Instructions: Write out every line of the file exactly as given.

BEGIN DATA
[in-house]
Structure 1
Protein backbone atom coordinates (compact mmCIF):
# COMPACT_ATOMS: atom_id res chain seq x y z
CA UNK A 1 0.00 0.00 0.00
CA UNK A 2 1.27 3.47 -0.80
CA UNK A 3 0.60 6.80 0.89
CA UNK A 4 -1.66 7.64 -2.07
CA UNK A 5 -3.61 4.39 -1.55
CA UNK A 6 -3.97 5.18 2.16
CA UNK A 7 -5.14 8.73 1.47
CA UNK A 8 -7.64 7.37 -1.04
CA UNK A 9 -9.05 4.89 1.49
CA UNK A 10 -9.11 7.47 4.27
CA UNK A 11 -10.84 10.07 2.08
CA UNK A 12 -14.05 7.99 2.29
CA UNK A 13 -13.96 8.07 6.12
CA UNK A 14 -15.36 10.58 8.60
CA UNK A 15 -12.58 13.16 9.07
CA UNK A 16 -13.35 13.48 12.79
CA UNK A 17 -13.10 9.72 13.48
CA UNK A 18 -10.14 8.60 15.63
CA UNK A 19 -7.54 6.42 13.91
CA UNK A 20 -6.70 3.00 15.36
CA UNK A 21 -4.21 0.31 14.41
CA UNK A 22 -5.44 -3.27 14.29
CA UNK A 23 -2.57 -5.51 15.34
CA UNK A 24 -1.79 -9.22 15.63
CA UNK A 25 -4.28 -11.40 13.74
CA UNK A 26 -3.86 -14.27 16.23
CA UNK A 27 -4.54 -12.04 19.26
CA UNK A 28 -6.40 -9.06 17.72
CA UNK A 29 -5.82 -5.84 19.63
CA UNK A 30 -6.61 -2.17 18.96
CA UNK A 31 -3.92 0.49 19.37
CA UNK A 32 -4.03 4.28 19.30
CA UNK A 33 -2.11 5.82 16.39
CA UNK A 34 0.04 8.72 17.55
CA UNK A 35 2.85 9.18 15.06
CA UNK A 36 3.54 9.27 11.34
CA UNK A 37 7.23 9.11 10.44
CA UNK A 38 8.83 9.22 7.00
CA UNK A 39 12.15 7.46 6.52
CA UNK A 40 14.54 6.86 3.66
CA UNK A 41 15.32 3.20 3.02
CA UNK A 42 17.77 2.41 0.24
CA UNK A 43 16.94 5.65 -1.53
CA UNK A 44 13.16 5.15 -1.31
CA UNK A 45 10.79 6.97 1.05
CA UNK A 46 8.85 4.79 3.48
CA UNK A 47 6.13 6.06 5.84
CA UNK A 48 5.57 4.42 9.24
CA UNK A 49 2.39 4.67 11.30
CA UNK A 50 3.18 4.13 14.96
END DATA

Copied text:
[in-house]
Structure 1
Protein backbone atom coordinates (compact mmCIF):
# COMPACT_ATOMS: atom_id res chain seq x y z
CA UNK A 1 0.00 0.00 0.00
CA UNK A 2 1.27 3.47 -0.80
CA UNK A 3 0.60 6.80 0.89
CA UNK A 4 -1.66 7.64 -2.07
CA UNK A 5 -3.61 4.39 -1.55
CA UNK A 6 -3.97 5.18 2.16
CA UNK A 7 -5.14 8.73 1.47
CA UNK A 8 -7.64 7.37 -1.04
CA UNK A 9 -9.05 4.89 1.49
CA UNK A 10 -9.11 7.47 4.27
CA UNK A 11 -10.84 10.07 2.08
CA UNK A 12 -14.05 7.99 2.29
CA UNK A 13 -13.96 8.07 6.12
CA UNK A 14 -15.36 10.58 8.60
CA UNK A 15 -12.58 13.16 9.07
CA UNK A 16 -13.35 13.48 12.79
CA UNK A 17 -13.10 9.72 13.48
CA UNK A 18 -10.14 8.60 15.63
CA UNK A 19 -7.54 6.42 13.91
CA UNK A 20 -6.70 3.00 15.36
CA UNK A 21 -4.21 0.31 14.41
CA UNK A 22 -5.44 -3.27 14.29
CA UNK A 23 -2.57 -5.51 15.34
CA UNK A 24 -1.79 -9.22 15.63
CA UNK A 25 -4.28 -11.40 13.74
CA UNK A 26 -3.86 -14.27 16.23
CA UNK A 27 -4.54 -12.04 19.26
CA UNK A 28 -6.40 -9.06 17.72
CA UNK A 29 -5.82 -5.84 19.63
CA UNK A 30 -6.61 -2.17 18.96
CA UNK A 31 -3.92 0.49 19.37
CA UNK A 32 -4.03 4.28 19.30
CA UNK A 33 -2.11 5.82 16.39
CA UNK A 34 0.04 8.72 17.55
CA UNK A 35 2.85 9.18 15.06
CA UNK A 36 3.54 9.27 11.34
CA UNK A 37 7.23 9.11 10.44
CA UNK A 38 8.83 9.22 7.00
CA UNK A 39 12.15 7.46 6.52
CA UNK A 40 14.54 6.86 3.66
CA UNK A 41 15.32 3.20 3.02
CA UNK A 42 17.77 2.41 0.24
CA UNK A 43 16.94 5.65 -1.53
CA UNK A 44 13.16 5.15 -1.31
CA UNK A 45 10.79 6.97 1.05
CA UNK A 46 8.85 4.79 3.48
CA UNK A 47 6.13 6.06 5.84
CA UNK A 48 5.57 4.42 9.24
CA UNK A 49 2.39 4.67 11.30
CA UNK A 50 3.18 4.13 14.96